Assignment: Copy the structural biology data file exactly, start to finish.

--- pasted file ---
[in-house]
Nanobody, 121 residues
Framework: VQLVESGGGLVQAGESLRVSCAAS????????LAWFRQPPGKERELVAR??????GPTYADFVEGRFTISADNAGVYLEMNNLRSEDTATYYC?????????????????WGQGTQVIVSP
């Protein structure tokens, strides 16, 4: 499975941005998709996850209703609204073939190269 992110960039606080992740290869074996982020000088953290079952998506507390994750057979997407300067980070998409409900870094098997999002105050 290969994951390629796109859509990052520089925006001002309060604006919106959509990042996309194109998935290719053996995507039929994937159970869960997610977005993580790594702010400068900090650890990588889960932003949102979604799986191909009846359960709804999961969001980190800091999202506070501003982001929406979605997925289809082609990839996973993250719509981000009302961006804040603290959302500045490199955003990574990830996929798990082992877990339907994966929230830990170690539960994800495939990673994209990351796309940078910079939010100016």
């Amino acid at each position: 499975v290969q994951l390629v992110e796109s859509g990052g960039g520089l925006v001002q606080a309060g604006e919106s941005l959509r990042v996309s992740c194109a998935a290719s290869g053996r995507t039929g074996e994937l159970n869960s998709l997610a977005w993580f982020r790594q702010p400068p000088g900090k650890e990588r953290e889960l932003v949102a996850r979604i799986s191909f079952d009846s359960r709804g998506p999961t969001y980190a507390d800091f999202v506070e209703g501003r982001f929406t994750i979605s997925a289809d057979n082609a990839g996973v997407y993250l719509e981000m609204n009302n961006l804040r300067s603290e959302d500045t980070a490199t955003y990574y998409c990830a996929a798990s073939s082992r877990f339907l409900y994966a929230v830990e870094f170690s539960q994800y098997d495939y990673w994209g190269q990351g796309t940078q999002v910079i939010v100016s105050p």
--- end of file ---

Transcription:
[in-house]
Nanobody, 121 residues
Framework: VQLVESGGGLVQAGESLRVSCAAS????????LAWFRQPPGKERELVAR??????GPTYADFVEGRFTISADNAGVYLEMNNLRSEDTATYYC?????????????????WGQGTQVIVSP
């Protein structure tokens, strides 16, 4: 499975941005998709996850209703609204073939190269 992110960039606080992740290869074996982020000088953290079952998506507390994750057979997407300067980070998409409900870094098997999002105050 290969994951390629796109859509990052520089925006001002309060604006919106959509990042996309194109998935290719053996995507039929994937159970869960997610977005993580790594702010400068900090650890990588889960932003949102979604799986191909009846359960709804999961969001980190800091999202506070501003982001929406979605997925289809082609990839996973993250719509981000009302961006804040603290959302500045490199955003990574990830996929798990082992877990339907994966929230830990170690539960994800495939990673994209990351796309940078910079939010100016």
């Amino acid at each position: 499975v290969q994951l390629v992110e796109s859509g990052g960039g520089l925006v001002q606080a309060g604006e919106s941005l959509r990042v996309s992740c194109a998935a290719s290869g053996r995507t039929g074996e994937l159970n869960s998709l997610a977005w993580f982020r790594q702010p400068p000088g900090k650890e990588r953290e889960l932003v949102a996850r979604i799986s191909f079952d009846s359960r709804g998506p999961t969001y980190a507390d800091f999202v506070e209703g501003r982001f929406t994750i979605s997925a289809d057979n082609a990839g996973v997407y993250l719509e981000m609204n009302n961006l804040r300067s603290e959302d500045t980070a490199t955003y990574y998409c990830a996929a798990s073939s082992r877990f339907l409900y994966a929230v830990e870094f170690s539960q994800y098997d495939y990673w994209g190269q990351g796309t940078q999002v910079i939010v100016s105050p």